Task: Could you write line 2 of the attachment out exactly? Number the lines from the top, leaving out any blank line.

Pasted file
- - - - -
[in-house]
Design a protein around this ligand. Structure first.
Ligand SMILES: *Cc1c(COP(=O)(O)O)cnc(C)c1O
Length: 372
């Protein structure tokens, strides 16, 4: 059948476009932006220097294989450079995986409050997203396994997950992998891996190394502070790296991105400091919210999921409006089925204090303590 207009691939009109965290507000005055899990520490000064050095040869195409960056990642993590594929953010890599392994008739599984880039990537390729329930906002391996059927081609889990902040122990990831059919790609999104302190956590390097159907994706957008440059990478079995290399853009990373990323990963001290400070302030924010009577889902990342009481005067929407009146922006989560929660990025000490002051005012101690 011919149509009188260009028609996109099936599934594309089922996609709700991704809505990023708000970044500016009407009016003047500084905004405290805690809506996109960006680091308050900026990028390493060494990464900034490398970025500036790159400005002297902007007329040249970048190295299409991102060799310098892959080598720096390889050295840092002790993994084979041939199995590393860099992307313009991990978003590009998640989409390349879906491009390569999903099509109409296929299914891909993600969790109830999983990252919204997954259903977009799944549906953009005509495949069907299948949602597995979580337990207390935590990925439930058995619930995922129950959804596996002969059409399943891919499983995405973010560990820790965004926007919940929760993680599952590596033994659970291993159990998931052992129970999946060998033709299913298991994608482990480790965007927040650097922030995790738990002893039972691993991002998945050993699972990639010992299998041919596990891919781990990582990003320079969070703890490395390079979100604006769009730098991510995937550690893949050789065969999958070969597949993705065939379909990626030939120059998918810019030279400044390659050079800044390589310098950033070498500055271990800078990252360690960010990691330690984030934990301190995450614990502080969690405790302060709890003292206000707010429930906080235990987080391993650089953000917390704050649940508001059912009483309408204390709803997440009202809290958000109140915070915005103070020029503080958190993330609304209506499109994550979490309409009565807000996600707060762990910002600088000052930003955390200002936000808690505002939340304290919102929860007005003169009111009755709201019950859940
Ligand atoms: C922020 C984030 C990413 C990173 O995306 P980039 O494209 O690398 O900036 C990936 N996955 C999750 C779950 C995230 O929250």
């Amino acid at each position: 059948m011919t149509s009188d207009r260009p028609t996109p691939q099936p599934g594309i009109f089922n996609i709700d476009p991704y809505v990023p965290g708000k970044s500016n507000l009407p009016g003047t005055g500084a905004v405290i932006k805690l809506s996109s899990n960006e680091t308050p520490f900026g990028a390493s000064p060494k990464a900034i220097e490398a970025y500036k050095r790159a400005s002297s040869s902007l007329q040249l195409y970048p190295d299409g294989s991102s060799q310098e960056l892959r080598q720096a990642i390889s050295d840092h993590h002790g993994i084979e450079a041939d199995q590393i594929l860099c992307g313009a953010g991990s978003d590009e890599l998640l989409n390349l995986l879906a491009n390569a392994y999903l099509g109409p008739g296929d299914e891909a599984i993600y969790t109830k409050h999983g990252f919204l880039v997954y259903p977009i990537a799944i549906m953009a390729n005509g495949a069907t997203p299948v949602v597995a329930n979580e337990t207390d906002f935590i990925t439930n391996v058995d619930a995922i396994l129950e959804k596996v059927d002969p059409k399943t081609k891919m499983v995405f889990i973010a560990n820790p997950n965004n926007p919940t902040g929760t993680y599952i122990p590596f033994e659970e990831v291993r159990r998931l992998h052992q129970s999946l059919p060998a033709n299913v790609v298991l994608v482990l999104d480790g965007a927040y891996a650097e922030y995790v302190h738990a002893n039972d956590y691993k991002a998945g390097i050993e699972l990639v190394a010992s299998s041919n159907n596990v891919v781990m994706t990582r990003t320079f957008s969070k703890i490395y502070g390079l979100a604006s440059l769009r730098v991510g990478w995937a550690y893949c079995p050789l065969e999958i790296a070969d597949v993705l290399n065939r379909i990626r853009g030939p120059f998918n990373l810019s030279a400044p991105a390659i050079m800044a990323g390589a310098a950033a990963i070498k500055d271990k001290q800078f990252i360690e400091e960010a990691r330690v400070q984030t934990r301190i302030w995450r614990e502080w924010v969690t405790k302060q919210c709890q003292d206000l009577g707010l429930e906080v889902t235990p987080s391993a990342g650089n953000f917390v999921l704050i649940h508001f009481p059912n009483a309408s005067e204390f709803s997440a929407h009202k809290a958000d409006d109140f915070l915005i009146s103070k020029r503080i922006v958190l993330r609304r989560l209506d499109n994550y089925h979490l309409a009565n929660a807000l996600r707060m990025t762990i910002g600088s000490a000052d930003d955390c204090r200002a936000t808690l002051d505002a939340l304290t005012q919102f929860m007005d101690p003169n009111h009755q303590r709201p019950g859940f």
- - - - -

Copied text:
Design a protein around this ligand. Structure first.